The Grill: James Turnbull driving change in healthcare IT

This CIO sees new opportunities for patient care with mobile solutions.

By Mary K. Pratt, Computerworld |  Networking

As a healthcare CIO, Jim Turnbull promotes the use of technology as a tool to improve care and reduce patient costs. He has guided IT initiatives, including the deployment of electronic medical records and computerized physician order-entry systems, at several healthcare organizations. Now CIO at University of Utah Health Care in Salt Lake City, Turnbull was recently named the 2012 John E. Gall Jr. CIO of the Year by the College of Healthcare Information Management Executives and the Healthcare Information and Management Systems Society. Here he shares his thoughts on how IT is changing healthcare and how he's guiding IT transformation at UUHC.

James Turnbull

"I'm recently engaged, and each of us has one son and one daughter."What's your favorite tech toy? A Taylor acoustic guitarAre you ever completely unplugged? "Yes, very deliberately. When I'm running, skiing, golfing and motorcycling."Next career step: RetirementIs there something interesting that people don't know about you? "My last job before healthcare I was working 2,200 feet underground in a nickel mine in northern Canada. The healthcare field looked better from down there."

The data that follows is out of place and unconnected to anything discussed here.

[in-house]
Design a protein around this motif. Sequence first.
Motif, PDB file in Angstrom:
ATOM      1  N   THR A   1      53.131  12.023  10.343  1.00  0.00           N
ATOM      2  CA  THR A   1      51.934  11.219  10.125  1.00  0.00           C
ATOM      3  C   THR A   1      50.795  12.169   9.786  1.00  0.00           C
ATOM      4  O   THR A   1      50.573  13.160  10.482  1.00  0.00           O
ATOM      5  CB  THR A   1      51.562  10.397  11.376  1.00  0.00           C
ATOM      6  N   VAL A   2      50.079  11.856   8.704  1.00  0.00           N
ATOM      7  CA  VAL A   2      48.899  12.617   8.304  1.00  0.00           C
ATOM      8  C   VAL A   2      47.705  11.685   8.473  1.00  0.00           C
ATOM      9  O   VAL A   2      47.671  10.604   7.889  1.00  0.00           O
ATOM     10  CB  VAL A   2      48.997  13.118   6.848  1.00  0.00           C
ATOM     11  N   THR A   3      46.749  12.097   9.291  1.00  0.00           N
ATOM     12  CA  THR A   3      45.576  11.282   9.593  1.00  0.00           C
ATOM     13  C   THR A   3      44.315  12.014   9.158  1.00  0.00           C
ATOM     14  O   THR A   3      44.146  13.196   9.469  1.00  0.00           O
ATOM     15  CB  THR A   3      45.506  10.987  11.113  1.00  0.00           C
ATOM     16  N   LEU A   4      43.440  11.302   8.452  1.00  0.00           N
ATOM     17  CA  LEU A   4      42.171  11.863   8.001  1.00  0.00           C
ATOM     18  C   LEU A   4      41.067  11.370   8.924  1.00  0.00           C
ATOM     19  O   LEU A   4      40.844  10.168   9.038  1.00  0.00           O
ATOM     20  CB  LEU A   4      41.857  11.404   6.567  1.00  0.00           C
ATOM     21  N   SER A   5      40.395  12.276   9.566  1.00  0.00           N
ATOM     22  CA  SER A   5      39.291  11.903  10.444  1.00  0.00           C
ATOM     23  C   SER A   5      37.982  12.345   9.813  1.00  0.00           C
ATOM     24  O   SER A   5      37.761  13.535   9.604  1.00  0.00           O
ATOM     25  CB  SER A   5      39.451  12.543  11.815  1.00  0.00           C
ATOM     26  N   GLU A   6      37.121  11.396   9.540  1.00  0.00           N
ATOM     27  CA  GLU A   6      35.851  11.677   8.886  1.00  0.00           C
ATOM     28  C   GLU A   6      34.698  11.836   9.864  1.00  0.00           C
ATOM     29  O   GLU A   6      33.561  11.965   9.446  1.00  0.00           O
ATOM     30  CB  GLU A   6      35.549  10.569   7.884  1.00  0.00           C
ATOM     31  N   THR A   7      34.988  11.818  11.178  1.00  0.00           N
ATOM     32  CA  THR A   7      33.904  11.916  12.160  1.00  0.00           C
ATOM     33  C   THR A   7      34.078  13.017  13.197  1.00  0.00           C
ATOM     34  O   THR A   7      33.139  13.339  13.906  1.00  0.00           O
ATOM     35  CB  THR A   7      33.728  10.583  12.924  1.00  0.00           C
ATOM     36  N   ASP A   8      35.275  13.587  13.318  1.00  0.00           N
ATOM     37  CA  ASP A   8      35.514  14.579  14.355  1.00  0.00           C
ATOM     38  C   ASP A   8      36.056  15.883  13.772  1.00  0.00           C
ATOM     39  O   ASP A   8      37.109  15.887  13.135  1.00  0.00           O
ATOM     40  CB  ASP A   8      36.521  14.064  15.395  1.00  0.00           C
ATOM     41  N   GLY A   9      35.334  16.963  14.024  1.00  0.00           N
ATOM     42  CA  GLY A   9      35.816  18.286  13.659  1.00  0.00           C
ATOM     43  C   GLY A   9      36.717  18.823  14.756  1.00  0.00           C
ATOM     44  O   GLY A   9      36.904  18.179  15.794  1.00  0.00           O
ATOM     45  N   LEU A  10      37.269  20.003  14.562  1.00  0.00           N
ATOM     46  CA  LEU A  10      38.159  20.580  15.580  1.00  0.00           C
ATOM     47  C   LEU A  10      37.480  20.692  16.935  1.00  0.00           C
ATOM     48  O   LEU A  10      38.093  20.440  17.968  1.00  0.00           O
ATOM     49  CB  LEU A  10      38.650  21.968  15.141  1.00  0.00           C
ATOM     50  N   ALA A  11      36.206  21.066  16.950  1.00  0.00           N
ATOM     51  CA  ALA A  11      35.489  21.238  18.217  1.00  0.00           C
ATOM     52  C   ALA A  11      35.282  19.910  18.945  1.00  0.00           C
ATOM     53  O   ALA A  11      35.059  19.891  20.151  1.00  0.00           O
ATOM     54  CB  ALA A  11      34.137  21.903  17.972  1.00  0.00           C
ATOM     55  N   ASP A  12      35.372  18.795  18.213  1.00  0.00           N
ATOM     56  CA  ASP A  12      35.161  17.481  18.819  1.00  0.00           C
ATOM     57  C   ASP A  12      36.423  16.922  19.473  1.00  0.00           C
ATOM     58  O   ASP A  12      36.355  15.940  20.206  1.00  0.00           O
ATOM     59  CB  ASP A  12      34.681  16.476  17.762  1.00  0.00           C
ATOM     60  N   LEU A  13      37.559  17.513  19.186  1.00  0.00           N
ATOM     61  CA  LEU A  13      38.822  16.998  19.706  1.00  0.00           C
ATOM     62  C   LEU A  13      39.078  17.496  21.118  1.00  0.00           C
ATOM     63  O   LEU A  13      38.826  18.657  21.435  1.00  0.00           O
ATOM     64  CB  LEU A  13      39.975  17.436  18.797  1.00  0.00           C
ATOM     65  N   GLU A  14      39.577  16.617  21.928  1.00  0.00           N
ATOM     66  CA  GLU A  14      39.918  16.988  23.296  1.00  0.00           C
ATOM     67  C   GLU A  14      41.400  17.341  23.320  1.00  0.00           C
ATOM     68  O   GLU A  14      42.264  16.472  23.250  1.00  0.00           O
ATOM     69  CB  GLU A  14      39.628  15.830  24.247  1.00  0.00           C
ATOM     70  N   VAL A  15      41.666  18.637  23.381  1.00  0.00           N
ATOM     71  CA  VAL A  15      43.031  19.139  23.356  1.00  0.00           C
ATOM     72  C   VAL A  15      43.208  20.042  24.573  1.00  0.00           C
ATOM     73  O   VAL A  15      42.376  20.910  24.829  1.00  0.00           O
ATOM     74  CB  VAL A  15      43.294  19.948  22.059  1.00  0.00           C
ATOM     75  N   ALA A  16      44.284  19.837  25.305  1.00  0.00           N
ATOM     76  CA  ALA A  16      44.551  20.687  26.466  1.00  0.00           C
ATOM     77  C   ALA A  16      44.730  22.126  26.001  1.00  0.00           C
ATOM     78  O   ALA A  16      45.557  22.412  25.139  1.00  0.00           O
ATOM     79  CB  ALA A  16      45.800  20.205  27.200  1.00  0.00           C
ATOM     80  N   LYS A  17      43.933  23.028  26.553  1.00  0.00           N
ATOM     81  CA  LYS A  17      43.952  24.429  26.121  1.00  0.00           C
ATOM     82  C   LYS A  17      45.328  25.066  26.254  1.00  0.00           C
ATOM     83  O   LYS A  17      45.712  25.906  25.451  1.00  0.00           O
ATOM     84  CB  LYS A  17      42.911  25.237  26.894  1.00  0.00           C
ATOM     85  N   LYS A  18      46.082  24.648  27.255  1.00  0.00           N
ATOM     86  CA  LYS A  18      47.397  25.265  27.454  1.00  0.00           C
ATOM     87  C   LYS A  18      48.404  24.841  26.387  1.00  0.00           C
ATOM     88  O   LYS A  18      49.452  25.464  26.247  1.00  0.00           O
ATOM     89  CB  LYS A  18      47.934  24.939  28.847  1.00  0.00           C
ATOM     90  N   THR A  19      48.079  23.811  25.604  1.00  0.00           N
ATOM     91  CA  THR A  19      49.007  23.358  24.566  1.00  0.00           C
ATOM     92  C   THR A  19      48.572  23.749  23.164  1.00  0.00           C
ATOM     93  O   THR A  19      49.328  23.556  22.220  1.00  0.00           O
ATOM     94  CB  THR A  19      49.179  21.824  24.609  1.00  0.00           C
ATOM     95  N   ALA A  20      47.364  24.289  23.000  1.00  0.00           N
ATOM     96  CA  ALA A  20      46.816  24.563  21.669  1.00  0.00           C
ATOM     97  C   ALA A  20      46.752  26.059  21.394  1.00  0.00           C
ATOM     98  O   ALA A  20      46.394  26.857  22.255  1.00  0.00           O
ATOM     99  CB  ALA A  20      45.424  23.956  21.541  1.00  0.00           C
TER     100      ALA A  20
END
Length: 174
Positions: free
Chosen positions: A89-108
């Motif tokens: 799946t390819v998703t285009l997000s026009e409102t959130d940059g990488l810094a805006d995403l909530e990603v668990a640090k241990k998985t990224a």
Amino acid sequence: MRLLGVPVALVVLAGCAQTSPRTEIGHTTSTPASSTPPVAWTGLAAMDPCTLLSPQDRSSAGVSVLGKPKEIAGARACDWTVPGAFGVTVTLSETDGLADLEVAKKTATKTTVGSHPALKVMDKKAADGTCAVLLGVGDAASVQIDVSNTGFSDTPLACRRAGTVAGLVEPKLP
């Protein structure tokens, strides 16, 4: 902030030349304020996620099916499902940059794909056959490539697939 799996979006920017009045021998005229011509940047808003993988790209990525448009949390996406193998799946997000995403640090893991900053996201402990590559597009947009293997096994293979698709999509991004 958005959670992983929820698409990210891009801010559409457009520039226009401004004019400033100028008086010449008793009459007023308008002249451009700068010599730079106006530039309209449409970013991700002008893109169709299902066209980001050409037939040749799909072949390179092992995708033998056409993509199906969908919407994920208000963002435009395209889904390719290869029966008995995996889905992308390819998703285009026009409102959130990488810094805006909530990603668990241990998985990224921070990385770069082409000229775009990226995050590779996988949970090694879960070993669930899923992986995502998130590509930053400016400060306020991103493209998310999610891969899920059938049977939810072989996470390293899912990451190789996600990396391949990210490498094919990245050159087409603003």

What has been your biggest success as CIO at UUHC? It's working with the team that was here when I arrived and having them deliver excellent results. We focused on some core disciplines, getting a good security plan in place, implementing the discipline of ITIL and project management, and really ramping up our game on that side. We focused on what we call strategic management -- or strategically aligned management -- and there's a big focus on recruitment and retention, customer advocacy and focusing on tracking, measuring and communicating our results.

Is it difficult to inherit a team? In my experience -- and I've worked at four healthcare organizations -- the typical thing I find when I walk in is there tends to be a high level of dissatisfaction with IT from other parts of the organization. That's something I felt when I walked in here. I found that, rather than replacing the team, there's a lot of talent here and it was a matter of getting them aligned and getting them back to the basics.


Originally published on Computerworld |  Click here to read the original story.
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